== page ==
What do we really know about this delicious berry? Well, it isn’t even a berry but a completely separate fruit of its own from the rose family. Where does it come from? Did ancient strawberries look like the modern strawberry?

2200-year-old strawberries

First, strawberries have been around for nearly 2200 years! But would we recognize it? Yes, the cultivar the ancient Romans were using is still around. It’s called Fragaria vesca. You’d know them as Alpine strawberries or Woodland strawberries. They’re native to the Northern hemisphere of Europe.

Ancient Roman medicine

You may have seen little Alpine strawberries at the farmer’s market. They’re small and sweet and exceptionally fragrant. Ancient Romans were using the plant’s leaves for medicinal purposes, which are edible if you’ve ever wanted to chuck leafy one whole into a smoothie. They believed they could cure everything from melancholy to kidney stones. I don’t know about kidney stones, but I do know sweet strawberries can brighten anyone’s mood… unless you’re allergic.

Charles V

Before modern botany, strawberries were grown from the plants that sprout off their runners. What could look like many plants may actually be one big plant? Hence the name strawberry patch. However, it was reported that Charles V (1364 - 1380AD) had nearly 1200 strawberry plants transplanted into his garden! That’s a lot of digging in the woods. Thank God for peasants.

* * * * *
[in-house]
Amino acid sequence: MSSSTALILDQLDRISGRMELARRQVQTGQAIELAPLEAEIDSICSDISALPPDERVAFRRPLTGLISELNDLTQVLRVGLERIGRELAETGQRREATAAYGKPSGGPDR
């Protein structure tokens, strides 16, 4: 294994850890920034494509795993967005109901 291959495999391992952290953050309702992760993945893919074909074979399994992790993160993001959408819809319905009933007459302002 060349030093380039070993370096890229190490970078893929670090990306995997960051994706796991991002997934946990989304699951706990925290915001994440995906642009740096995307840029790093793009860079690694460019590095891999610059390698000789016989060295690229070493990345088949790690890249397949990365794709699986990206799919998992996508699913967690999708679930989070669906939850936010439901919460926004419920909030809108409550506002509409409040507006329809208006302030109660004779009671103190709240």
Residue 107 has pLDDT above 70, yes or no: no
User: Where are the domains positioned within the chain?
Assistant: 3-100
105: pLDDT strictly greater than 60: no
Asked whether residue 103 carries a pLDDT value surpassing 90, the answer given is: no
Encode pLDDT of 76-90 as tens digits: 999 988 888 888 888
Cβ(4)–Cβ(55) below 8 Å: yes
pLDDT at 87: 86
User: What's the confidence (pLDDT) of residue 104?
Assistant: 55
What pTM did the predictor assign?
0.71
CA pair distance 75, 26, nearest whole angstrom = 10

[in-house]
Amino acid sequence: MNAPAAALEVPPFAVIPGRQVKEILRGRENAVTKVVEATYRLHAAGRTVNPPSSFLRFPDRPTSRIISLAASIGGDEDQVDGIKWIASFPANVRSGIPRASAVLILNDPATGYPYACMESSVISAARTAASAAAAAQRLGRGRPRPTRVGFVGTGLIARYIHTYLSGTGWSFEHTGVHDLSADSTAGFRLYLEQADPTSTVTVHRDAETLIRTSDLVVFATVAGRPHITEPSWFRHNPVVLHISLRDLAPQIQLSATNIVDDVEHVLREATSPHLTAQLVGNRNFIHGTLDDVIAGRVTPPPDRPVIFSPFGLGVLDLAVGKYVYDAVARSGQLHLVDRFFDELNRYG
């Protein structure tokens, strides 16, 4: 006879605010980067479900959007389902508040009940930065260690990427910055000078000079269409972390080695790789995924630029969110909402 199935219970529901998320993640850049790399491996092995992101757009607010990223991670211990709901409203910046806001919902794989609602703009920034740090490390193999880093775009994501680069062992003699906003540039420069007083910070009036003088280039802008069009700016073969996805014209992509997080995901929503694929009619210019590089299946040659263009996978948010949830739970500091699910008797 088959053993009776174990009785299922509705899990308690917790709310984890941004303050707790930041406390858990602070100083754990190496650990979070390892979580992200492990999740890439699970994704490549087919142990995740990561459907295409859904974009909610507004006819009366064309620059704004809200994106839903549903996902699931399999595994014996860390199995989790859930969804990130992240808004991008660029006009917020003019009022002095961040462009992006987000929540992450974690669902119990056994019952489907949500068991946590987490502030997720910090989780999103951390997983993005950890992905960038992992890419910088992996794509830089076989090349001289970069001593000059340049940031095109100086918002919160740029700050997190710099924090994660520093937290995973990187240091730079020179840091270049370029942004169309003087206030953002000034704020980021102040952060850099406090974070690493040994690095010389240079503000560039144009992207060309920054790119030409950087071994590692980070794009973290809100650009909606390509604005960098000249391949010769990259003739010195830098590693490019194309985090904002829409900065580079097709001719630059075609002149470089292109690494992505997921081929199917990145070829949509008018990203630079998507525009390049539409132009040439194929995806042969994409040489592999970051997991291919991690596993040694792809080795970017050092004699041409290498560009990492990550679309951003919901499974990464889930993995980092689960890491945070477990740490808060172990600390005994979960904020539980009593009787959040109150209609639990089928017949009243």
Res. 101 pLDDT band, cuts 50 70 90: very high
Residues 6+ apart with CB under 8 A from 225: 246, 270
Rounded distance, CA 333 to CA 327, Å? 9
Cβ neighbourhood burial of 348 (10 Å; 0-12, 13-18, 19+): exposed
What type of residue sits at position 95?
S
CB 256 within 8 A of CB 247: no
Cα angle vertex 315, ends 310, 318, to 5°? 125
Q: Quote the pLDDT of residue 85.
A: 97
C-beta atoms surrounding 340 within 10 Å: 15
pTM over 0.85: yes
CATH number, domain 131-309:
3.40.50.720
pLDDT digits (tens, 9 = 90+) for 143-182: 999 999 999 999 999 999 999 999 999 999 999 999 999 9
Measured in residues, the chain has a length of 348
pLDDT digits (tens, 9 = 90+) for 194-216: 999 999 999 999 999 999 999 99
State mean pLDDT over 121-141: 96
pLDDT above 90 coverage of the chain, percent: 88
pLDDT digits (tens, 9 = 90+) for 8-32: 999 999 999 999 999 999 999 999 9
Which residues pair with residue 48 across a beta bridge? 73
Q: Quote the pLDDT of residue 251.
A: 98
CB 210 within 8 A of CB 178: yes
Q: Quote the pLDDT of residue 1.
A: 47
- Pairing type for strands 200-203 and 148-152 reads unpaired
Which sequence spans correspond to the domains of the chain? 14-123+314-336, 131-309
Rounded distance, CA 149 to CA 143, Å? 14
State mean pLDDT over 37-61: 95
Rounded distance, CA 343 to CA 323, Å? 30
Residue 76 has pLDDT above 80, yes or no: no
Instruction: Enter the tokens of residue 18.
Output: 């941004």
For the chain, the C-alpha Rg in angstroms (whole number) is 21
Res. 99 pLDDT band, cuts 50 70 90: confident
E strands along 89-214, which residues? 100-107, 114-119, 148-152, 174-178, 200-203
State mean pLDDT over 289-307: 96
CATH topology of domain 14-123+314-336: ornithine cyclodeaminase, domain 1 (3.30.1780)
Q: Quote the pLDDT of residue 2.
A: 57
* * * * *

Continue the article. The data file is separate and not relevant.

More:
Medieval peppered strawberries

As strawberries picked popularity, so did their uses. In the Middle Ages, it was believed that the fruit should be eaten hot. Most likely they would have been boiled or stewed with strong spices such as clove and… pepper. Apparently, this was typical of the time. Most luxury desserts included strong spices. Peasant food was bland; rich food was spicy.

Strawberry bath with Napoleon

Again, still seen as a food for the rich and royal, strawberries began to take on the air of an icon. Supposedly Madame Tallien, a noted face at Emperor Napoleon’s court, liked to bath in strawberry juice. It took 22 pounds to make enough for a bath. Even by today’s standard, that’s a pricy bath. Perhaps we should say, “Let them drink my bath water,” instead of, “Let them eat cake.”